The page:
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Police: Missing lotto winner may have been killed

From John Couwels, CNN
The family of Abraham Shakespeare reported him missing November 9.
The family of Abraham Shakespeare reported him missing November 9.
STORY HIGHLIGHTS
  • Abraham Shakespeare, who won $31 million prize in 2006, has been missing since April
  • Sheriff: Associate of Shakespeare is "person of interest," but no charges filed
  • Police: Associate paid people thousands of dollars to make false sightings of him
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(CNN) -- Ten months after a multimillion-dollar Florida lottery winner was last seen -- and two months after his family reported him missing -- police Wednesday said they feared for the worst.

Truck driver Abraham Shakespeare, 43, won a $31 million Florida lottery prize in 2006. A year later, he won a court challenge from a fellow trucker who accused Shakespeare of snatching the winning ticket out of his wallet while the two were delivering meat to Miami restaurants.

Shakespeare's family reported him missing on November 9, telling the Polk County sheriff's office they hadn't seen him since April.

"Circumstances are mounting, according to our homicide detectives, that leads us to believe there is a very good chance he met with an untimely death," Sheriff Grady Judd said.

When Thanksgiving passed without word from the missing man, authorities raised the reward for information to $5,000.

"We don't have a body, we don't have Abraham Shakespeare alive," Judd said. "We don't know if he is dead or alive, but we are very suspicious and fear he is the victim of a murder."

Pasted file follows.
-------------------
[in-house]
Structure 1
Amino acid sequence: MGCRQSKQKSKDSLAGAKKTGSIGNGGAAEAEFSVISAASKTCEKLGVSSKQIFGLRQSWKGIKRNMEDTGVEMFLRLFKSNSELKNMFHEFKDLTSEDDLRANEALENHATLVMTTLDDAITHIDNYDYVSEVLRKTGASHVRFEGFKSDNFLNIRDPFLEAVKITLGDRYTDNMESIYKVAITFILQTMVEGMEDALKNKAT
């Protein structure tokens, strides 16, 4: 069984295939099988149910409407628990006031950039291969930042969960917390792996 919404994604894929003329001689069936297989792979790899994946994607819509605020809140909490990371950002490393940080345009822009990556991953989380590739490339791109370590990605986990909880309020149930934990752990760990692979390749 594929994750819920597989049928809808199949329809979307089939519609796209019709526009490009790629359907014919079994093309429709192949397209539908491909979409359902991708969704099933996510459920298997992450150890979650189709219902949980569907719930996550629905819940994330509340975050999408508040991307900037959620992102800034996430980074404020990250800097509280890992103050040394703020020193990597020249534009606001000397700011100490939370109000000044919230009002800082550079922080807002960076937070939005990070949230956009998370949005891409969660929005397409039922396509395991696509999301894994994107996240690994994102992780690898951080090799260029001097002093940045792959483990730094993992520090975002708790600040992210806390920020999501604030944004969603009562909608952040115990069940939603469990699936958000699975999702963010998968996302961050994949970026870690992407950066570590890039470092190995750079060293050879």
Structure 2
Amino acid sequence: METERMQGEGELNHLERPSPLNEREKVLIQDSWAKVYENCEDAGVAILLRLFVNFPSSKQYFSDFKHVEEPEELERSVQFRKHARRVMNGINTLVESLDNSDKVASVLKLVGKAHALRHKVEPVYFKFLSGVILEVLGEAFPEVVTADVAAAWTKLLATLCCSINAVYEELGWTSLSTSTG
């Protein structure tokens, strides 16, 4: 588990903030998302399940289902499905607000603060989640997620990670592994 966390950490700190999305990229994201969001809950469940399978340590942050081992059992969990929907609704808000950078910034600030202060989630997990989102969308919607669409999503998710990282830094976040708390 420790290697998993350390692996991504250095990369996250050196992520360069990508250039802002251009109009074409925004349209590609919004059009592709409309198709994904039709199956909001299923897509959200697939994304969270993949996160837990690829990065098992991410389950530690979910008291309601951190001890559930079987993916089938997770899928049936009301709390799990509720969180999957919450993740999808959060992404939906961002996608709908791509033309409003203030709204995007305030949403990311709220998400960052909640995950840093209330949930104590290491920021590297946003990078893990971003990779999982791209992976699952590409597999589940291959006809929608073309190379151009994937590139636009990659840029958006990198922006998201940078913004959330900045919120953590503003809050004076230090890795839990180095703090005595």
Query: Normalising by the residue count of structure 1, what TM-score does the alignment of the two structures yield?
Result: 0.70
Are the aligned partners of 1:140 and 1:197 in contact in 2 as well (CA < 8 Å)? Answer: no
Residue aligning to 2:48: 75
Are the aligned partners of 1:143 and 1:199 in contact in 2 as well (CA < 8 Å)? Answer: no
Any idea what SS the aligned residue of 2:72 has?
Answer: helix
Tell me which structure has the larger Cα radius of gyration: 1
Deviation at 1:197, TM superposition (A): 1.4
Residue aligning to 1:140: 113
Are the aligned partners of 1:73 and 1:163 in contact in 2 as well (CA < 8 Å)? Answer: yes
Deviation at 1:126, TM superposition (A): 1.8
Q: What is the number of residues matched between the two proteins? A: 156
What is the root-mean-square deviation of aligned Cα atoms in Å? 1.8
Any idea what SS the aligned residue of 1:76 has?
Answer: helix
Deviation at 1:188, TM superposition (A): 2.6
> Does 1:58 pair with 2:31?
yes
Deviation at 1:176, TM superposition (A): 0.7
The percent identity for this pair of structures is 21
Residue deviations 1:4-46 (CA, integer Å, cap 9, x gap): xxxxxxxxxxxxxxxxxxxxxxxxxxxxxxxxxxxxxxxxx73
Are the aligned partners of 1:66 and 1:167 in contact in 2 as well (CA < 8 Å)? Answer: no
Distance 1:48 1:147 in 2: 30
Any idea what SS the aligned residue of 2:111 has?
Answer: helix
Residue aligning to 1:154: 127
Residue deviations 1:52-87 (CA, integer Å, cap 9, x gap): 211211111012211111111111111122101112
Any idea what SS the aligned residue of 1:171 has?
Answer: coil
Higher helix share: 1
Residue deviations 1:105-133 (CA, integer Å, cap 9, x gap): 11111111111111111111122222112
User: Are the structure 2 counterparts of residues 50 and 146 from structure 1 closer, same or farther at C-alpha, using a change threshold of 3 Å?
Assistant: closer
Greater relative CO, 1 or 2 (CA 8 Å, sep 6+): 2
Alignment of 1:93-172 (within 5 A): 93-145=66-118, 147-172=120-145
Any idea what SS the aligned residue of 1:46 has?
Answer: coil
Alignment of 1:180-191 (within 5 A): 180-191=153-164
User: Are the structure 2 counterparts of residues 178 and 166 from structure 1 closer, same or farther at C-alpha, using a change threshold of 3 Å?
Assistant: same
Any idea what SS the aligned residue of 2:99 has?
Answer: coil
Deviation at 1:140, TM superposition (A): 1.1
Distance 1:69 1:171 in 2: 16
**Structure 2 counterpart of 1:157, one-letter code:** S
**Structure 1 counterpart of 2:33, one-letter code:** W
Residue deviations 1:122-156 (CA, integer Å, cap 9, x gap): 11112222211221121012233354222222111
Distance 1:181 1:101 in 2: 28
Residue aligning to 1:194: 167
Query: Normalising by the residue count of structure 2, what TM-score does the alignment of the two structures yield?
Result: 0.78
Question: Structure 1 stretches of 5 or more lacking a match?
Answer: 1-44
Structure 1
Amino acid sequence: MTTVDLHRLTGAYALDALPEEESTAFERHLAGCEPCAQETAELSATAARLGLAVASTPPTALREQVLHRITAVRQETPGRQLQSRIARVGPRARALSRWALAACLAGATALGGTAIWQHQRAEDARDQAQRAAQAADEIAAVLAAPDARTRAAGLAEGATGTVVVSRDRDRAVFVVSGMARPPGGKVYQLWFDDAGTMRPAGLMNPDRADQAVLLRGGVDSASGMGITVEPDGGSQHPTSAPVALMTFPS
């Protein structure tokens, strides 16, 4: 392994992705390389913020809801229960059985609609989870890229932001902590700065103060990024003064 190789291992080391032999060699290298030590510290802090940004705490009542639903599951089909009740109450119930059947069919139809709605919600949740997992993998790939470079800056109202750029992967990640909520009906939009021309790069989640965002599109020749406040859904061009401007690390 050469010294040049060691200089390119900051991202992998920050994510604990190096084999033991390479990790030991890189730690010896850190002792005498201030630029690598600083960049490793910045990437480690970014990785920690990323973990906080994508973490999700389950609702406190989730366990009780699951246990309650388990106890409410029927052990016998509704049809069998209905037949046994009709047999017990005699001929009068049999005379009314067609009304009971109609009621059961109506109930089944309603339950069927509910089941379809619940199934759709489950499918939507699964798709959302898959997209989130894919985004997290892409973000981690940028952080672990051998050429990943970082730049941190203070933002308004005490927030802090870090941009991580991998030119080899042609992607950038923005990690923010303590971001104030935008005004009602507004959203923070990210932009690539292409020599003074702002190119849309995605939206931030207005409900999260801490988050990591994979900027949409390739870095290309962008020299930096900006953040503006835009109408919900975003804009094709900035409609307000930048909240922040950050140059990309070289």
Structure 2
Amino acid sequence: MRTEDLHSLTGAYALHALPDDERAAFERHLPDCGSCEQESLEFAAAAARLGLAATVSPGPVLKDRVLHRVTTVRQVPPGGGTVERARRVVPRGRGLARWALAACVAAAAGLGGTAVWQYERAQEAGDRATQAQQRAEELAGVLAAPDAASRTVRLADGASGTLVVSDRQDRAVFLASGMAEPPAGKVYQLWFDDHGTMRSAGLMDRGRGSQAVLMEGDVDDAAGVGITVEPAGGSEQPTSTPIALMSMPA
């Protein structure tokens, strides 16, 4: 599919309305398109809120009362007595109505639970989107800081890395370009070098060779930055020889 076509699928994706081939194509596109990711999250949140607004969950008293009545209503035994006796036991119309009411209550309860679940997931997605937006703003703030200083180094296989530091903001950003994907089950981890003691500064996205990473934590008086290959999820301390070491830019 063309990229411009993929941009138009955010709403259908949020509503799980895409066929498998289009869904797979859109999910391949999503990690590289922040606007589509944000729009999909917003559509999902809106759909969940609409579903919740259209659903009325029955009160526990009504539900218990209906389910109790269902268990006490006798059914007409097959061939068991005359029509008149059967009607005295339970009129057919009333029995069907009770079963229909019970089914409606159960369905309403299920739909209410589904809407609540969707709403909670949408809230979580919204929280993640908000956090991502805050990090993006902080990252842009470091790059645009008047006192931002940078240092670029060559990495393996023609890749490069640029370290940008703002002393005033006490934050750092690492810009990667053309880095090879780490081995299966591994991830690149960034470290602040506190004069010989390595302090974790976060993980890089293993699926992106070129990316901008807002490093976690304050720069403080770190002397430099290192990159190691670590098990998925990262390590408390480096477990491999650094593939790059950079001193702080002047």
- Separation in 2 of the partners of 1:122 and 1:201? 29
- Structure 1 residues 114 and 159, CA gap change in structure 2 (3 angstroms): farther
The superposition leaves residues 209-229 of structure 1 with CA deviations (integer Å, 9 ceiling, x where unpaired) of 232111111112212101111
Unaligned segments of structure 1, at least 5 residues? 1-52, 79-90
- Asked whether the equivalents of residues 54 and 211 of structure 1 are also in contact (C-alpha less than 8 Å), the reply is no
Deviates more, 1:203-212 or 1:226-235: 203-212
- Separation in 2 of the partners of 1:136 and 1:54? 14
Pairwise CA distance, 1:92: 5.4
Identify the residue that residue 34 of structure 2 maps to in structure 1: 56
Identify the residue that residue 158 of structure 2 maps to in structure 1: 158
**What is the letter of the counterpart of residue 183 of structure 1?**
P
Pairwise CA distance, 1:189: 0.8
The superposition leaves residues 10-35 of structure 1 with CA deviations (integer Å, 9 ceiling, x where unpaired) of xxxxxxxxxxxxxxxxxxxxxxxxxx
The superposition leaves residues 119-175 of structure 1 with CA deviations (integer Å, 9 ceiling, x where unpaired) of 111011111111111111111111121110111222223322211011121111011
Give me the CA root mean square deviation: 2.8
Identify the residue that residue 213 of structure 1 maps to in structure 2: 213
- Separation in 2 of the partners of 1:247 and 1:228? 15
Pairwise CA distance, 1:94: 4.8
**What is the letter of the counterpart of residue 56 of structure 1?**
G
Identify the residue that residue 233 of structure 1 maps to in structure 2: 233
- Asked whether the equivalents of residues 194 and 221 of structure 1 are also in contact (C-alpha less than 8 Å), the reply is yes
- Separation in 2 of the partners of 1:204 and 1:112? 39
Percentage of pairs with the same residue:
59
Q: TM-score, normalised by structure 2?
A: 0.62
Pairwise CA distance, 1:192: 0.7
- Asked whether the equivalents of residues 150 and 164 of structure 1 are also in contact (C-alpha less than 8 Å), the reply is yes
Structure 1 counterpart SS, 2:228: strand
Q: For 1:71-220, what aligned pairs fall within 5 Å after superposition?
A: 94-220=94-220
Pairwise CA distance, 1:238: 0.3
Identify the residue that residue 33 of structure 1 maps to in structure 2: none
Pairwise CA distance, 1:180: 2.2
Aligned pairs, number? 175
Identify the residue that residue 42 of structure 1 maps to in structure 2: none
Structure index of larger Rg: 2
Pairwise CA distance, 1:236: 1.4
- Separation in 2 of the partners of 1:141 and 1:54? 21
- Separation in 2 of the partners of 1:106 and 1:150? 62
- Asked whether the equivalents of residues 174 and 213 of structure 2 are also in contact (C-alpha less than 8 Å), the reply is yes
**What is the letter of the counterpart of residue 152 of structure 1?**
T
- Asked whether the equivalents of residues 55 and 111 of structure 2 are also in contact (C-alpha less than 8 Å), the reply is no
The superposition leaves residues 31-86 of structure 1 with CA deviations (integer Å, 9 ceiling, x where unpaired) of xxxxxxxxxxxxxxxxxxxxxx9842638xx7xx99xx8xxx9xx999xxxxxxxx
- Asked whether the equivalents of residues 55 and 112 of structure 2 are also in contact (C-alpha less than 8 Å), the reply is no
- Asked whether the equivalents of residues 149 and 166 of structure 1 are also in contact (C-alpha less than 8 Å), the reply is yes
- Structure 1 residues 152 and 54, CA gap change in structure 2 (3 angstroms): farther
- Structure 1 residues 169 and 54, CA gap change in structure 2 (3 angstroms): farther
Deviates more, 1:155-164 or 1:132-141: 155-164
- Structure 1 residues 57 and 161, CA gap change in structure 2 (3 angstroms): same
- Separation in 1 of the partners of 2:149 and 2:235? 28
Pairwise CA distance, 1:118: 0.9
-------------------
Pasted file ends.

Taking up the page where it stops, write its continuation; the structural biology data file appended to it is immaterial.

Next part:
Judd said investigators were looking closely at Dee Dee Moore, an associate of Shakespeare, calling her "a person of interest" in his disappearance. No charges have been filed.

Detectives say Moore paid people thousands of dollars to report false sightings of the missing man, according to Judd. On one occasion, he said, Moore paid Shakespeare's cousin $5,000 to send the lotto winner's mother a birthday card purportedly signed by her son.

CNN was unable to reach Moore. Judd said that although she had been cooperative in the beginning of the investigation, she had since "lawyered up" and stopped talking to investigators.

Before she stopped talking to them, Moore told Polk County detectives Shakespeare left the central Florida town of Lakeland because he was tired of people asking for money, according to Judd.

But investigators found that all of Shakespeare's bank accounts and properties -- including a $1 million house Moore said she bought from him for $600,000 before his disappearance -- had been transferred into her name, Judd said.

Additionally, he said, Moore had Shakespeare's cell phone and sent text messages to herself and other people purporting to be from Shakespeare and made fake phone calls to his mother to give the illusion he was alive.

Moore told investigators that she had offered to help manage the newly minted multi-millionaire's finances after his win. Judd said that investigators believe most of Shakespeare's after-tax lottery payout of $16.9 million is gone.

On the chance that Shakespeare is still alive, Judd urged him to contact authorities.

"We're not positive he is dead or alive, we just want to know," he said. "If he would just let us know and we will end the investigation and he can go on with his life."

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